She said Guyana tends to look to northern countries such Canada, the United States, Britain and Europe, but the time has come for the country to increase its linkages with Latin America and the Caribbean. In this regard, Guyana is engaging Brazil with respect to road construction, hydropower and a number of other areas for  development of the country.

Among other positives, the Advisor to the President said 58% of the Guyana population is less than 35 years old and Guyana is the only country in the world that has given land titles to its indigenous population. She added: “We are ranked 25th in the world for women being in Parliament and 19th in the world for women in Cabinet.”

Turning specifically to development for Linden, the veteran government official said the reconstitution of the Linden Enterprise Network Board would facilitate micro credit “so that businesses can grow”.

In response to a heckle of “we need jobs” from the audience of barely 400 people,”  Teixeira said: “It is not only about jobs. It’s about working for yourself and becoming your own boss.”

She said the country is at a serious crossroad as the country celebrates its 44th anniversary as a Republic. According to her the difficulty lies in the challenges being posed to the government’s effort to pass the anti-money laundering  bill in Parliament in a timely manner. The disclosure brought shouts of “we don’t want hear that” and “we want jobs” from the audience, which prompted the government official to say: “We as a people cannot talk from the two sides of our mouth. We cannot talk about Guyana and be uncaring about things that hurt our nation.”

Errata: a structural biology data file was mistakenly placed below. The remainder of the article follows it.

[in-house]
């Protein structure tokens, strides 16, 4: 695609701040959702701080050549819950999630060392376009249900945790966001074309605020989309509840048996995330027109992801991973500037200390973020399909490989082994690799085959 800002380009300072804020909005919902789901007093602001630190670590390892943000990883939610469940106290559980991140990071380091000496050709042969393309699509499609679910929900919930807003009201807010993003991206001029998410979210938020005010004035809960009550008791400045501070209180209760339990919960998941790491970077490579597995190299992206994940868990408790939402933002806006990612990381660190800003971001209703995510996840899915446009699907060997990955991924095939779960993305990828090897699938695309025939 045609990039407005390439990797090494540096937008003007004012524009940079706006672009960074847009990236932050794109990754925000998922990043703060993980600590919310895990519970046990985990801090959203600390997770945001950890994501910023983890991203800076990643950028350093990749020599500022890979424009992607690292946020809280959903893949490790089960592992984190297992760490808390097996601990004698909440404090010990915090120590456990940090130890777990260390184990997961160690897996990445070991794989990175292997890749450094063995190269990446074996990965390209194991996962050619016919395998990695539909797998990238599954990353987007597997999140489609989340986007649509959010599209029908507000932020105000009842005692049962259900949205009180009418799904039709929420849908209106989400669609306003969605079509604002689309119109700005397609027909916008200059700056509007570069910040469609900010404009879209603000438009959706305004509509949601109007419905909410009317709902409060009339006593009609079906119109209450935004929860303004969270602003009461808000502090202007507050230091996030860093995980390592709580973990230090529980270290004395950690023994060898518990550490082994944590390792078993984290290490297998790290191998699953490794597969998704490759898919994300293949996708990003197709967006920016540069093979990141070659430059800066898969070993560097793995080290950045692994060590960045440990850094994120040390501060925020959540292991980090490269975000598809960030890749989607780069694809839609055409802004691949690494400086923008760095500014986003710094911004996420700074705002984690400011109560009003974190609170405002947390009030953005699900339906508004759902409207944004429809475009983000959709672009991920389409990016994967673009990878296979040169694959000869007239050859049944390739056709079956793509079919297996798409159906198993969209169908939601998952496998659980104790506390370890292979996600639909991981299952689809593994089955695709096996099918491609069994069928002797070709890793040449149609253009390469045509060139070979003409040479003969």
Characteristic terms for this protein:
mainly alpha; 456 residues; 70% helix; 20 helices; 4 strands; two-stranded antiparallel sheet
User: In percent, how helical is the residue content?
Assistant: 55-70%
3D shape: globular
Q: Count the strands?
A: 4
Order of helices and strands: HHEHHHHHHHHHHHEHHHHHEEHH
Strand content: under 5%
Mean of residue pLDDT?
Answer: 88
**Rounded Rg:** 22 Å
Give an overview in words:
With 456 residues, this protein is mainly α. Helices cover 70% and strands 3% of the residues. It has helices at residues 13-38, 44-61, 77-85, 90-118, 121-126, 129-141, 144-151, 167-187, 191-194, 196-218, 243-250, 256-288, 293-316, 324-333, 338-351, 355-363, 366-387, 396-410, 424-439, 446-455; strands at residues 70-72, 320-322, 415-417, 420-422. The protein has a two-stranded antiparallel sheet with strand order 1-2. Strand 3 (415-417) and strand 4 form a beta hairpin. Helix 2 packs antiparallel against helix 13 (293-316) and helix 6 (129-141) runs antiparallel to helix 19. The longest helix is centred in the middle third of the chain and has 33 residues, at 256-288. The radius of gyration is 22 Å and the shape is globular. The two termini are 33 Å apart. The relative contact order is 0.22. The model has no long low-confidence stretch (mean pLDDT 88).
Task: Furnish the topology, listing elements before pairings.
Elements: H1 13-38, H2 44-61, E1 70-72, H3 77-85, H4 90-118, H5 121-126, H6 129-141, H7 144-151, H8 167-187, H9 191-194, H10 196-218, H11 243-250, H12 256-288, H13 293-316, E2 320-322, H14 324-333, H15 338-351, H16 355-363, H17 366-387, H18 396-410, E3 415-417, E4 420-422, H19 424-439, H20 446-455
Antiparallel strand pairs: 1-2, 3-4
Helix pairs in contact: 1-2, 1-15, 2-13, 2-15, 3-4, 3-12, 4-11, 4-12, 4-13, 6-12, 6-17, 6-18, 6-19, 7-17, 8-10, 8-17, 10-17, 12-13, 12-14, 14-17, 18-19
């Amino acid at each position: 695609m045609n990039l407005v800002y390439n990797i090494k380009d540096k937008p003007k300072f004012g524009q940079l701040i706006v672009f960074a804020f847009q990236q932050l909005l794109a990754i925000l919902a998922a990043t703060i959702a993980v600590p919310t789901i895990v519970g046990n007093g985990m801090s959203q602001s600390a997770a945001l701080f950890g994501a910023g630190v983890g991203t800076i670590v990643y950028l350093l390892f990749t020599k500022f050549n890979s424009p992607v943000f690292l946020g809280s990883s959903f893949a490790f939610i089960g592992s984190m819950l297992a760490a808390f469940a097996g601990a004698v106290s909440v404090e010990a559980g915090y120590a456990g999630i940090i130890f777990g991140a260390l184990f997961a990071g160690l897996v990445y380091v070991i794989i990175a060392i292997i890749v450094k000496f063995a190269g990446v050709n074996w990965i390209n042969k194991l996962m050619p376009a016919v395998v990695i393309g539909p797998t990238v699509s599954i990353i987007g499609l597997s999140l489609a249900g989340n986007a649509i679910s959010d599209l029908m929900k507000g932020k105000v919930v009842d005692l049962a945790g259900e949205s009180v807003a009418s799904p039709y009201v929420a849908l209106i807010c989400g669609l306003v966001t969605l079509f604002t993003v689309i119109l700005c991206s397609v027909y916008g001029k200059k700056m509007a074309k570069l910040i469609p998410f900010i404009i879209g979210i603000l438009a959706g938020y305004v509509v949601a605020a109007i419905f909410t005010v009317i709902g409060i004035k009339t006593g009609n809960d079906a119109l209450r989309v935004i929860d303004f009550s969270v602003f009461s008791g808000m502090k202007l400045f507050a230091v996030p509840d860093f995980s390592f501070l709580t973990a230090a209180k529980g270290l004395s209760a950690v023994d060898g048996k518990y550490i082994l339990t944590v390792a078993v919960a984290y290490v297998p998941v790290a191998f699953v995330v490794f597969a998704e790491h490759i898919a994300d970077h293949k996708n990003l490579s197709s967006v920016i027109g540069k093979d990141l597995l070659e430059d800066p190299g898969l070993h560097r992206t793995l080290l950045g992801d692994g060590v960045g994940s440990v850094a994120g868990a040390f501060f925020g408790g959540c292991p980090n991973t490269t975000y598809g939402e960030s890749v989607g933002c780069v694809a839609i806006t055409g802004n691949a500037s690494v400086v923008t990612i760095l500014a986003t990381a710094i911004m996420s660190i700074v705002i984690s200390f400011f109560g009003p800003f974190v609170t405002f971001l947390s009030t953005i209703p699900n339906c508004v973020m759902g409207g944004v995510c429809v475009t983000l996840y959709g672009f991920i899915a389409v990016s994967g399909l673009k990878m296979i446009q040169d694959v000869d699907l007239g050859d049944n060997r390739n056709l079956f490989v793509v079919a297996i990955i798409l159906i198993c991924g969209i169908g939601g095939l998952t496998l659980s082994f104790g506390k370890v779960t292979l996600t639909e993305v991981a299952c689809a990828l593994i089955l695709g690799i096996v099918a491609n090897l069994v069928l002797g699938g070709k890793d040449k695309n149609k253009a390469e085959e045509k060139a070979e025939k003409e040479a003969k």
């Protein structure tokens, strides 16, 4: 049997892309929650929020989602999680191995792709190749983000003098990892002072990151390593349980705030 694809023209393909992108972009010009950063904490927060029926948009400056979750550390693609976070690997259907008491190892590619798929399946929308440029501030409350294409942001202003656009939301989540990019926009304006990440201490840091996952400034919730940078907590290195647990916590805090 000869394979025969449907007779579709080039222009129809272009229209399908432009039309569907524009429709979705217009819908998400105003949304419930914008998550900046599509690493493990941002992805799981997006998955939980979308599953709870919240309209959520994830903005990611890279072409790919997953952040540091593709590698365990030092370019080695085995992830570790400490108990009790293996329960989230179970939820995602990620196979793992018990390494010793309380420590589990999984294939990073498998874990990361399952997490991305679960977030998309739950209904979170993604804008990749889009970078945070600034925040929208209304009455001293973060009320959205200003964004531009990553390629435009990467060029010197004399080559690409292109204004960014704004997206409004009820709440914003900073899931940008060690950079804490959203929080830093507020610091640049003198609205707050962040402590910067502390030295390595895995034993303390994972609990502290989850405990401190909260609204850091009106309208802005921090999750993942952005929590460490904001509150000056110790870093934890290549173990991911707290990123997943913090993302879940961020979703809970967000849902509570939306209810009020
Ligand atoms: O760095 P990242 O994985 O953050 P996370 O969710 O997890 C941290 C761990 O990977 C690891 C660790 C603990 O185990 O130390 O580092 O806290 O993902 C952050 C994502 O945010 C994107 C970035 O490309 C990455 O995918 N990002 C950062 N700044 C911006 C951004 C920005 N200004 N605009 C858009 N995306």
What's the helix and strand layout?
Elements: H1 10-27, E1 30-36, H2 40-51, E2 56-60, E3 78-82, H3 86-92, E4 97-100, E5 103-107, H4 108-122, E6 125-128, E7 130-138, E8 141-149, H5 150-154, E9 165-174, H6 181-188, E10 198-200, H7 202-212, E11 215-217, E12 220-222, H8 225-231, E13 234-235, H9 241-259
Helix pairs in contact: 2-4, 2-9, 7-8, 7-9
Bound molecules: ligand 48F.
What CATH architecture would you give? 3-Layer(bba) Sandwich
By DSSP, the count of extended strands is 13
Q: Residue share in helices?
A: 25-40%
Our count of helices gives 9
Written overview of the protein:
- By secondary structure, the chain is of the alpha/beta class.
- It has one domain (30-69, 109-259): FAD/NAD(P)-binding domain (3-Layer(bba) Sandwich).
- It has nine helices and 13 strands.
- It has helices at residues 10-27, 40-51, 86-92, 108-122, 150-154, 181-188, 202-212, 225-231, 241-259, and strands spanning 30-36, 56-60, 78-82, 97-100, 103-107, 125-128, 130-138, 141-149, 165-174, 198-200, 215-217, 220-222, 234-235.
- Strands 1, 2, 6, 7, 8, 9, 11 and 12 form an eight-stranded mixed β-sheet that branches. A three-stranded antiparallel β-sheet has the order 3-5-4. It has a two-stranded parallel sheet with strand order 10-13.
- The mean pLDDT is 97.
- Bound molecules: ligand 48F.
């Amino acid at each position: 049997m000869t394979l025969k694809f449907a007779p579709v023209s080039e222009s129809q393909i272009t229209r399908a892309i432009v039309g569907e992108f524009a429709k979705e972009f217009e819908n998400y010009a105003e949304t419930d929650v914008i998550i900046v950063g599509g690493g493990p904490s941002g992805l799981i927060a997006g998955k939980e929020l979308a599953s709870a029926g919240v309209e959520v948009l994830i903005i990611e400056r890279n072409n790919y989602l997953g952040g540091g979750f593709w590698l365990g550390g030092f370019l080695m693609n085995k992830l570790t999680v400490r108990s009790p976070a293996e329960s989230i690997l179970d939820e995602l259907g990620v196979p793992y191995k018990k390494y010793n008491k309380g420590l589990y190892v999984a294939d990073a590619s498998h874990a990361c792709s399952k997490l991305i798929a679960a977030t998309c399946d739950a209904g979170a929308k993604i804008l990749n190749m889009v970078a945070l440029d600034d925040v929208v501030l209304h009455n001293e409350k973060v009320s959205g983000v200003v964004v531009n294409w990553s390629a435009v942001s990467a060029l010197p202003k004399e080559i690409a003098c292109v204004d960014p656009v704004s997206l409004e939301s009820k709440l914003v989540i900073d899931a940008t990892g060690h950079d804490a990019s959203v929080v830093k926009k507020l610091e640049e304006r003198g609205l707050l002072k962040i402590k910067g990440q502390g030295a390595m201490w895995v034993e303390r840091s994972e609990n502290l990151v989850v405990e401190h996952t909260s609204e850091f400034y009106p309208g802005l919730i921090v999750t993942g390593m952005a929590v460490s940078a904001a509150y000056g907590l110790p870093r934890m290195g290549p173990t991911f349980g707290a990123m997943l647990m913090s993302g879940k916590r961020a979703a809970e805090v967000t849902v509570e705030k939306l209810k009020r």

Comments  

Patriots clinch playoff place

Defeat Tallawahs by 37 runs Chris Gayle, playing in his 50th CPL match, produced his 63rd T20 fifty as St Kitts & Nevis Patriots cruised past Jamaica Tallawahs by 37 runs to guarantee a place in the playoffs for the first time in their three-year history.

Football squads announced for Suriname

The Guyana Football Federation (GFF) has officially selected the Boys and Girls teams which will represent the nation at the Inter-Guiana Games (IGG) Goodwill Series scheduled for Suriname from the August 25th– 27th.

Lands inquiry puts ‘Pradoville 2’ under scrutiny

The Commission of Inquiry (CoI) into African ancestral land ownership began hearings yesterday with a significant portion of the first day’s proceedings being dedicated to questions pertaining to the allocation of lots in the controversial ‘Pradoville 2’ Housing Scheme.

Toshaos conference hears call for redress over gov’t failure to consult

For another year, the opening of the National Toshaos Council (NTC) Conference was dominated by concerns about land rights, with Chairman Joel Fredericks yesterday calling out the APNU+AFC government for making decisions that affect land ownership without first seeking the Free, Prior and Informed Consent (FPIC) of affected Indigenous groups.

Your browser is out-of-date!

Update your browser to view this website correctly.

We built stabroeknews.com using new technology. This makes our website faster, more feature rich and easier to use for 95% of our readers.
Unfortunately, your browser does not support some of these technologies. Click the button below and choose a modern browser to receive our intended user experience.

Update my browser now

×